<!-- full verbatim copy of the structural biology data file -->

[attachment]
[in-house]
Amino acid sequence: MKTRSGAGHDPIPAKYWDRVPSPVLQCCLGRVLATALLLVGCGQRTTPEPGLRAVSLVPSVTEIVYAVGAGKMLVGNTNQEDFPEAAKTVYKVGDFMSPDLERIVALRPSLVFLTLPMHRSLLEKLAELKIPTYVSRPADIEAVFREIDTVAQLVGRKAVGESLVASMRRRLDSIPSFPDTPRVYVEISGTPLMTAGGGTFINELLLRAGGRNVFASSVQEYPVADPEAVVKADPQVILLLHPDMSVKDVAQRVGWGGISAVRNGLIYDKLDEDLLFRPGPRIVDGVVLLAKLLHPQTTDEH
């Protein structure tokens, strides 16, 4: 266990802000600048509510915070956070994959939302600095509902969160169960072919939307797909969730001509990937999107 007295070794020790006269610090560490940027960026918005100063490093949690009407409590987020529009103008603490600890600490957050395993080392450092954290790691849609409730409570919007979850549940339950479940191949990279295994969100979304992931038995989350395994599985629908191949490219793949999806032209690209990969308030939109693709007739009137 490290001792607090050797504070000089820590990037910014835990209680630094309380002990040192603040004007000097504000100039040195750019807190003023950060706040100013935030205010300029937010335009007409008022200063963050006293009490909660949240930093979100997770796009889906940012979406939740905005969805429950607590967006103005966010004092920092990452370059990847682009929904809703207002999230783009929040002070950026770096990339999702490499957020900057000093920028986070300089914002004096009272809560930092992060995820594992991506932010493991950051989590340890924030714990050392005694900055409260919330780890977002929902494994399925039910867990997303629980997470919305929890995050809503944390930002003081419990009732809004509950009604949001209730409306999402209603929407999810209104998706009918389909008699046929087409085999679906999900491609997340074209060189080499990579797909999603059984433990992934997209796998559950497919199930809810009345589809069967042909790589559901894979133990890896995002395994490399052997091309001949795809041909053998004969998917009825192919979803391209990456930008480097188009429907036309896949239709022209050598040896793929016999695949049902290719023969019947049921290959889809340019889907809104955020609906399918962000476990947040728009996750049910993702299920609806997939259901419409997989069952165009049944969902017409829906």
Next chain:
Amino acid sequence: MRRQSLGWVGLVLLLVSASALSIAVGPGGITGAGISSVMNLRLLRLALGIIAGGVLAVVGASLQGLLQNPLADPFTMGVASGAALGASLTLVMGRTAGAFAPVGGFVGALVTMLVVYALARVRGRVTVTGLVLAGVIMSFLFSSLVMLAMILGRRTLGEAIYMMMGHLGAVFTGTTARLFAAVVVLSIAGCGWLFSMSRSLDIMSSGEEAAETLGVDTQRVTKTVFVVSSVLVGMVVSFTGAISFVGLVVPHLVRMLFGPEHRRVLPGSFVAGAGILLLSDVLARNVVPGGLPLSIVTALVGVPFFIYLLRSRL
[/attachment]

[in-house]
Amino acid sequence: MKTRSGAGHDPIPAKYWDRVPSPVLQCCLGRVLATALLLVGCGQRTTPEPGLRAVSLVPSVTEIVYAVGAGKMLVGNTNQEDFPEAAKTVYKVGDFMSPDLERIVALRPSLVFLTLPMHRSLLEKLAELKIPTYVSRPADIEAVFREIDTVAQLVGRKAVGESLVASMRRRLDSIPSFPDTPRVYVEISGTPLMTAGGGTFINELLLRAGGRNVFASSVQEYPVADPEAVVKADPQVILLLHPDMSVKDVAQRVGWGGISAVRNGLIYDKLDEDLLFRPGPRIVDGVVLLAKLLHPQTTDEH
């Protein structure tokens, strides 16, 4: 266990802000600048509510915070956070994959939302600095509902969160169960072919939307797909969730001509990937999107 007295070794020790006269610090560490940027960026918005100063490093949690009407409590987020529009103008603490600890600490957050395993080392450092954290790691849609409730409570919007979850549940339950479940191949990279295994969100979304992931038995989350395994599985629908191949490219793949999806032209690209990969308030939109693709007739009137 490290001792607090050797504070000089820590990037910014835990209680630094309380002990040192603040004007000097504000100039040195750019807190003023950060706040100013935030205010300029937010335009007409008022200063963050006293009490909660949240930093979100997770796009889906940012979406939740905005969805429950607590967006103005966010004092920092990452370059990847682009929904809703207002999230783009929040002070950026770096990339999702490499957020900057000093920028986070300089914002004096009272809560930092992060995820594992991506932010493991950051989590340890924030714990050392005694900055409260919330780890977002929902494994399925039910867990997303629980997470919305929890995050809503944390930002003081419990009732809004509950009604949001209730409306999402209603929407999810209104998706009918389909008699046929087409085999679906999900491609997340074209060189080499990579797909999603059984433990992934997209796998559950497919199930809810009345589809069967042909790589559901894979133990890896995002395994490399052997091309001949795809041909053998004969998917009825192919979803391209990456930008480097188009429907036309896949239709022209050598040896793929016999695949049902290719023969019947049921290959889809340019889907809104955020609906399918962000476990947040728009996750049910993702299920609806997939259901419409997989069952165009049944969902017409829906």
Next chain:
Amino acid sequence: MRRQSLGWVGLVLLLVSASALSIAVGPGGITGAGISSVMNLRLLRLALGIIAGGVLAVVGASLQGLLQNPLADPFTMGVASGAALGASLTLVMGRTAGAFAPVGGFVGALVTMLVVYALARVRGRVTVTGLVLAGVIMSFLFSSLVMLAMILGRRTLGEAIYMMMGHLGAVFTGTTARLFAAVVVLSIAGCGWLFSMSRSLDIMSSGEEAAETLGVDTQRVTKTVFVVSSVLVGMVVSFTGAISFVGLVVPHLVRMLFGPEHRRVLPGSFVAGAGILLLSDVLARNVVPGGLPLSIVTALVGVPFFIYLLRSRL